Scarcity of trained human resources paralysing fire brigade

Kathmandu Fire Brigade has big plans that go beyond fighting fire and rescuing victims. It aims to rescue road traffic accident victims and victims of natural calamities like floods. And it has advanced technology tools to perform all these tasks. 

Then what is stopping the brigade from performing these tasks? Lack of well-trained human resources to operate the hi-tech tools. 

According to KFB chief, Kishwor Kumar Bhattrai, his office has four fire trucks, one rescue jeep, one rescue truck and two Aerial ladders. 

It also has rescue tunnel, paraguard stretcher, safety net, escape ladder, rope ladder and medical toolkits for rescuing fire victims. KFB also has hydraulic automatic cutter, hydraulic ramp lift, wire rope, spanner and wrench sets, among others, to rescue traffic accident victims. The office has life jackets, mattresses, through bags, blankets, hand mics, stretchers, and emergency medical tool kits for flood and landslide victims. 

Additionally, KFB can come to the rescue even if fire erupts in houses located at commanding heights and away from main roads or at jungles. If anybody falls in a well, it has tools to rescue the person: It has equipment which contain artificial pond, hose connecting head, breathing apparatus, special ropes, ladders, hooks, torches and backbone stretchers. 

“These equipment are newest for our country. No other government agency has such tools for rescuing the victims,” Bhattarai claims. According to Bhattarai, the government of Italy had donated these equipment about three years ago. “We had been using common equipment and had stored the advanced ones. Now, we have installed modern equipment in recently launched fire bikes,” Bhattrai says.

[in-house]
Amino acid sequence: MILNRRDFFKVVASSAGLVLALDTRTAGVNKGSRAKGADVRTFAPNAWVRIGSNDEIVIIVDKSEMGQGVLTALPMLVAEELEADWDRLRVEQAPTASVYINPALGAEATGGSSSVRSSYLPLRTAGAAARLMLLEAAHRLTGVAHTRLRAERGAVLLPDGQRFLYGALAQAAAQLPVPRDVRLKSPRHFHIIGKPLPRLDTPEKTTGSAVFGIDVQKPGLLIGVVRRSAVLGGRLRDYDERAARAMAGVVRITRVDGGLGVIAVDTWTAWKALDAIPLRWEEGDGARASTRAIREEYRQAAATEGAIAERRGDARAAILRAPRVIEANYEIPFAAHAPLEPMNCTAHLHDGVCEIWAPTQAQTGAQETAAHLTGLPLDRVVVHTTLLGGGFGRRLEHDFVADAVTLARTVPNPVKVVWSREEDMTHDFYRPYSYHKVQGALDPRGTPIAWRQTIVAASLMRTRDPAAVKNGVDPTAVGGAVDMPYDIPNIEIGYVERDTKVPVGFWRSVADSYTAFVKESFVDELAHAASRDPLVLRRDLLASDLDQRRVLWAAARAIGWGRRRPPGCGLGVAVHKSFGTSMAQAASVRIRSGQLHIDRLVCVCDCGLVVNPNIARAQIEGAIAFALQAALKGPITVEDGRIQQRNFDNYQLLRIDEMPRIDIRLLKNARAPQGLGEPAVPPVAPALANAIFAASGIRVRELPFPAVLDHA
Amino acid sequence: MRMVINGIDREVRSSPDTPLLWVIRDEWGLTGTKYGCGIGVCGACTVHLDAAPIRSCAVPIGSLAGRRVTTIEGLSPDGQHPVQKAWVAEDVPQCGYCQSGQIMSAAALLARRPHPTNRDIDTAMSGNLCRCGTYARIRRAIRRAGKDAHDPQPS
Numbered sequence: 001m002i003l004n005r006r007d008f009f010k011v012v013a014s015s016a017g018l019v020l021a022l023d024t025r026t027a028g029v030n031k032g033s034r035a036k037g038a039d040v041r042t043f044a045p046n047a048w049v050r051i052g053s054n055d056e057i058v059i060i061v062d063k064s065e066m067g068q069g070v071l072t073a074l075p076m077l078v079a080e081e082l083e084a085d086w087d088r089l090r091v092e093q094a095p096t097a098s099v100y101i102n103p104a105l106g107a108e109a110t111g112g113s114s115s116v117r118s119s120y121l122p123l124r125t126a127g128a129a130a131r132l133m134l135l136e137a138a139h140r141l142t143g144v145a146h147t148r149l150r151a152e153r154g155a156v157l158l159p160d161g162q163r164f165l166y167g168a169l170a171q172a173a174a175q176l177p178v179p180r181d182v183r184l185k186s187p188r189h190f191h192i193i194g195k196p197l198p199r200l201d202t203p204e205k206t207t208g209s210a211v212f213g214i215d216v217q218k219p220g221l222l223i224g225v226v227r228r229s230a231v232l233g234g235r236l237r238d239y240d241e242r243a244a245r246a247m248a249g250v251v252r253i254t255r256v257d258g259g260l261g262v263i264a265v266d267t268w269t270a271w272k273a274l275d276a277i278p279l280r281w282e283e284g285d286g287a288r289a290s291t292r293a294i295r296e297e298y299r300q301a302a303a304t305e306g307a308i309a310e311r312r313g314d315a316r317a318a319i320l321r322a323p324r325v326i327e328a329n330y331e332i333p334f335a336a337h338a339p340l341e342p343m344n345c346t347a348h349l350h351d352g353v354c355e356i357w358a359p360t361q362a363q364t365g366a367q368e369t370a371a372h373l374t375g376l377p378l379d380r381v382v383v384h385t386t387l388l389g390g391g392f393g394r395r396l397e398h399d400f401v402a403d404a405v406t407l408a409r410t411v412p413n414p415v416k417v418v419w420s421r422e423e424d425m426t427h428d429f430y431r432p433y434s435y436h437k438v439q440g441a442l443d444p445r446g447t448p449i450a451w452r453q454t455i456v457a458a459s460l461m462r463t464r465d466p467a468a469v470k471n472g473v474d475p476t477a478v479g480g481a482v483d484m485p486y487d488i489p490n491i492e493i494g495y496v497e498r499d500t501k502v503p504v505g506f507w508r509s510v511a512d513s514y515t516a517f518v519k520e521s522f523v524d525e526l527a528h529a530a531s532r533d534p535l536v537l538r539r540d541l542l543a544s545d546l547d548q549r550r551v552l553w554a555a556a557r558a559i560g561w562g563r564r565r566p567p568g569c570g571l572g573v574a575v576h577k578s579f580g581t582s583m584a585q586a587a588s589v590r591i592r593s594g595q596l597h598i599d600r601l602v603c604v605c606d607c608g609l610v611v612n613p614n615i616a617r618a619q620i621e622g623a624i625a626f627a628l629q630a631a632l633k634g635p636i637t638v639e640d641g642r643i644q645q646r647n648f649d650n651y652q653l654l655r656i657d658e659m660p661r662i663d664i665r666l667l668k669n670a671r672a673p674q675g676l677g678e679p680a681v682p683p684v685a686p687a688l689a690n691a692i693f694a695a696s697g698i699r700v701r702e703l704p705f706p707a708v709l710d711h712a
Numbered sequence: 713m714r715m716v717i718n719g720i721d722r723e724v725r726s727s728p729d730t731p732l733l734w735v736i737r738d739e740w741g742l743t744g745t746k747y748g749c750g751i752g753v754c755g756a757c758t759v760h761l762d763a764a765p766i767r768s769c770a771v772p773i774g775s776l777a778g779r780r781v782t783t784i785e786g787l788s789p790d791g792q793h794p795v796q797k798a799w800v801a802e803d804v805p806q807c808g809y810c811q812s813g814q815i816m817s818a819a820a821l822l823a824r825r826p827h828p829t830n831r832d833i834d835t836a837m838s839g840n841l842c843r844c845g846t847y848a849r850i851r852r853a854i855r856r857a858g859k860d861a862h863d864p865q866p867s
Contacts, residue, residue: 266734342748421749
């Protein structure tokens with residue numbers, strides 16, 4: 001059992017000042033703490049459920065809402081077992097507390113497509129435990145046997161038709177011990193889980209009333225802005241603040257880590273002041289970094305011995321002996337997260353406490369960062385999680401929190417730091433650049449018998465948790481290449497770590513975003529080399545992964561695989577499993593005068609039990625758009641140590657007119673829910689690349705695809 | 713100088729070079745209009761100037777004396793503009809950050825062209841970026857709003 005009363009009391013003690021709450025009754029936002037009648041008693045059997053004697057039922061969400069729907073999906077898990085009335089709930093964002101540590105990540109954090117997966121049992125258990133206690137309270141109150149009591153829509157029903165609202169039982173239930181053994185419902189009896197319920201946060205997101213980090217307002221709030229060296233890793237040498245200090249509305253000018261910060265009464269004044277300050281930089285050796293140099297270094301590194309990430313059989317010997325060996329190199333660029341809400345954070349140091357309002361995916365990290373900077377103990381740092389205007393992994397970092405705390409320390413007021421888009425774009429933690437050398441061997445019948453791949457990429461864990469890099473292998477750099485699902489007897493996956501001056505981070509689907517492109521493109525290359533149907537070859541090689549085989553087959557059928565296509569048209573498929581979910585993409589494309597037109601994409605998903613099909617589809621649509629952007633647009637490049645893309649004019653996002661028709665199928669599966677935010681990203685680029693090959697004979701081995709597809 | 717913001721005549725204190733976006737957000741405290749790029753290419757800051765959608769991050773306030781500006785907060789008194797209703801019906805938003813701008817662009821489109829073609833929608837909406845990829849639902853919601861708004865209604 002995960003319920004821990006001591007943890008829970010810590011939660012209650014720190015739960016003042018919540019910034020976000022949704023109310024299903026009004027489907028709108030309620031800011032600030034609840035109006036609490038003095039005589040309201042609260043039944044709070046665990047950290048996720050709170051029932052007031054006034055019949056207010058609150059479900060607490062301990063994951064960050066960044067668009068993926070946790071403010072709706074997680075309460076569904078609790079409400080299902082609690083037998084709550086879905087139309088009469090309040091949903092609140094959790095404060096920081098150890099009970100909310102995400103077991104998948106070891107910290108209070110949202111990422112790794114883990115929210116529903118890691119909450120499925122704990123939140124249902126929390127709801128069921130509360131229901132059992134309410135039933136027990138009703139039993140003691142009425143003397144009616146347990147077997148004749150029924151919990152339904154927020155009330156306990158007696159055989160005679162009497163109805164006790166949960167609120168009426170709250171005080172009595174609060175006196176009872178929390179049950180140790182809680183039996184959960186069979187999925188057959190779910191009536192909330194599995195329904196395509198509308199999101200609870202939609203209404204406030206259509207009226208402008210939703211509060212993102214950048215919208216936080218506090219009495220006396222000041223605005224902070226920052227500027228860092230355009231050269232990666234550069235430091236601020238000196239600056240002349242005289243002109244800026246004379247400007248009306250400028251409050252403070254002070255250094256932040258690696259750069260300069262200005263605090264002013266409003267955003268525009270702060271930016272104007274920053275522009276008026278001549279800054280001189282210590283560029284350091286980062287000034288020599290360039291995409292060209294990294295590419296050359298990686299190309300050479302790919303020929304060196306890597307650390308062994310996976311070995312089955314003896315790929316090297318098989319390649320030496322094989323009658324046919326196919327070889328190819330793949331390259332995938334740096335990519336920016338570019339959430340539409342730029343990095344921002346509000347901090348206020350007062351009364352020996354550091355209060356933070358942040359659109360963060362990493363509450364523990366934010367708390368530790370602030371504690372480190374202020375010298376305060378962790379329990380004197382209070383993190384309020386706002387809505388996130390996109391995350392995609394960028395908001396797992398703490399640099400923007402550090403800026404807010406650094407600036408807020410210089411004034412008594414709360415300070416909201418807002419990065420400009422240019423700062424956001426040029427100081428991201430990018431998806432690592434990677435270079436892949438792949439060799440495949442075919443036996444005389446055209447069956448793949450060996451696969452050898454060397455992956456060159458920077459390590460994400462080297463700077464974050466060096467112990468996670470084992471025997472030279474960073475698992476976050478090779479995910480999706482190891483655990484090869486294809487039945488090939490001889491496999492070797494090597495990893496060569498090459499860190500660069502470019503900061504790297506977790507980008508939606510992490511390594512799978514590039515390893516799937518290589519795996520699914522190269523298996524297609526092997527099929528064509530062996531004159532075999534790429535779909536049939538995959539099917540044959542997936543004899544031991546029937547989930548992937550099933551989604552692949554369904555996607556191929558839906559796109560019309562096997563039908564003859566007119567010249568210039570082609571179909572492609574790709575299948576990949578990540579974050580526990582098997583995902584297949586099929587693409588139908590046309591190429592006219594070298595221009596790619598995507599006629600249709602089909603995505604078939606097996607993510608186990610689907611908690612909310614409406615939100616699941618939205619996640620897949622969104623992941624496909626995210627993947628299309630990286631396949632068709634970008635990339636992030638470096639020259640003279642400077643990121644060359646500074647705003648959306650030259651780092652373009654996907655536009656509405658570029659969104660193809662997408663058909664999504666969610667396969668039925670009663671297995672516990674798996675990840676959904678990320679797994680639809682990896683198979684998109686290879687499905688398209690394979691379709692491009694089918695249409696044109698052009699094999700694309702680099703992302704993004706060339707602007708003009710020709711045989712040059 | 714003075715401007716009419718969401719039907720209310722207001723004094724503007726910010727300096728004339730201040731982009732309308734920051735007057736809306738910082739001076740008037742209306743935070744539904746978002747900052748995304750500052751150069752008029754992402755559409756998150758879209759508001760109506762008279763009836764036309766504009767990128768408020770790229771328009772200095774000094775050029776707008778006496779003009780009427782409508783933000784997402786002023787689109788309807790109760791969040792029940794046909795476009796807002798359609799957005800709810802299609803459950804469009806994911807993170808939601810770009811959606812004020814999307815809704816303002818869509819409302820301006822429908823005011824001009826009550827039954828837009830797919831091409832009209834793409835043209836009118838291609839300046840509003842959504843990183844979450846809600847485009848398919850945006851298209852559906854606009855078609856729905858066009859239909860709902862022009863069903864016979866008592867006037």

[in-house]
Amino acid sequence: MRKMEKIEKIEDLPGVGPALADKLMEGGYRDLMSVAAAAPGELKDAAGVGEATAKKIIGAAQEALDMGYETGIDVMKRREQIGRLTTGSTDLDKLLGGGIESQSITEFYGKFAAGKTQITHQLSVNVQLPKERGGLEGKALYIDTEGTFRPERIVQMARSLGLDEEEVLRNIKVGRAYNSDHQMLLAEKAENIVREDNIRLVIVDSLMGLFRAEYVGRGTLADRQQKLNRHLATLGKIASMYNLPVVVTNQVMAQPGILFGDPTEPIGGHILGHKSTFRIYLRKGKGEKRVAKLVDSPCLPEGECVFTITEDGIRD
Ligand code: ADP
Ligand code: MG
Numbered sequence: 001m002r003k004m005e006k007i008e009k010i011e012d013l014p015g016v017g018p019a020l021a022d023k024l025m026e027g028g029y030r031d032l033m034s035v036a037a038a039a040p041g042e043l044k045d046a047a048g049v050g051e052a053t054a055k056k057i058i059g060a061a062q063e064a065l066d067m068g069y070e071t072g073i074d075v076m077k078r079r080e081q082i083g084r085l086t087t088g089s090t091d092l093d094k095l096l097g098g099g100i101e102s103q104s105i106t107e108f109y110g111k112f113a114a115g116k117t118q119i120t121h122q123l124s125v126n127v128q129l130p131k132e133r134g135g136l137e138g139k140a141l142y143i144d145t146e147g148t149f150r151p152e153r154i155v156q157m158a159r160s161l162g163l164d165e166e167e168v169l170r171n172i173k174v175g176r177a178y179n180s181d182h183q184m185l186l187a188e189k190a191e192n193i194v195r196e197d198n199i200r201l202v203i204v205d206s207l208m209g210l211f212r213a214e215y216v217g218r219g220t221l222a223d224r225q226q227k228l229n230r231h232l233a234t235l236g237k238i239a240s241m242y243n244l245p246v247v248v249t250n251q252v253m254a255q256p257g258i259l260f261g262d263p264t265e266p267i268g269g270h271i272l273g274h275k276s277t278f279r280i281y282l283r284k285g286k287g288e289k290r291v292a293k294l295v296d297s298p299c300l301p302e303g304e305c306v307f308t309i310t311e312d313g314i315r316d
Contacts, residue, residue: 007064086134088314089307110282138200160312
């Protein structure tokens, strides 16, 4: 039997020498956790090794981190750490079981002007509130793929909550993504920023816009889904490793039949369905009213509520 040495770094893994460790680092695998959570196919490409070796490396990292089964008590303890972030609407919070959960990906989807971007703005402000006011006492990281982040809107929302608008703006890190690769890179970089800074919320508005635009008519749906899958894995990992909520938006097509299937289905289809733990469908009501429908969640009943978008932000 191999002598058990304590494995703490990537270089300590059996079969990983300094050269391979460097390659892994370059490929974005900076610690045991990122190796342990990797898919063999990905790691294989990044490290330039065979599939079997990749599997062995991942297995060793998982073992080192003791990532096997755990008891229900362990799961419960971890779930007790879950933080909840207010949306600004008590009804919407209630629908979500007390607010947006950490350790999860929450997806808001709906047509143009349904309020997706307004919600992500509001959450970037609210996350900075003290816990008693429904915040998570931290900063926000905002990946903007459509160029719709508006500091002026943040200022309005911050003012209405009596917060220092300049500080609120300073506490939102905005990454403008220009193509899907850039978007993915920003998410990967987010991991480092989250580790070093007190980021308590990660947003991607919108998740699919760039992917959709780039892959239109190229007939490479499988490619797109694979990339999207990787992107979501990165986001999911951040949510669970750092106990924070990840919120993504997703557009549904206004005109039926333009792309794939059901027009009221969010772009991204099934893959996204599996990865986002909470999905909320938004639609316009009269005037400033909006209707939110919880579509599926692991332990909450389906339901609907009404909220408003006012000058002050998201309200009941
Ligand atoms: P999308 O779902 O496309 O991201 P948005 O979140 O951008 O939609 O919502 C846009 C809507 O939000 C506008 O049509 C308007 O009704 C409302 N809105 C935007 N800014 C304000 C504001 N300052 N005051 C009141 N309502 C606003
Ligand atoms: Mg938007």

According to KFB officials, most of the employees do not know how to use new equipment, while some of the old employees lack basic firefighting skills. 

“Almost all of KFB employees are under SLC. The problem appears with them during training as terminologies of firefighting are in English and so are the names of the equipment used,” Bhattarai says. 

“Firefighters to be recruited now should have completed plus-two, preferably with a science background.” At present, the office has 38 employees. Of them, about two dozen are actively involved in firefighting, which are clearly not enough. What’s more worrisome is that eight persons are going to retire within the next three years. 

About three years ago, the KMC had announced vacancies for firefighters, but politicking played spoilsport, says officials, without elaborating. The office was handed over to Kathmandu Metropolitan City in the year 2009. During the handover, KMC and the home ministry had signed a memorandum of understanding, which states that the government will provide two fire engines — one small and another big — with 29 fresh firefighters. But neither the brigade got fire engines nor firefighters.

Bhattarai points that the country needs a separate law to govern the operation of fire brigades. He argues that the fire brigade needs special authority to establish a network of fire brigades throughout the country and regulate them from the central office. 

Source: THT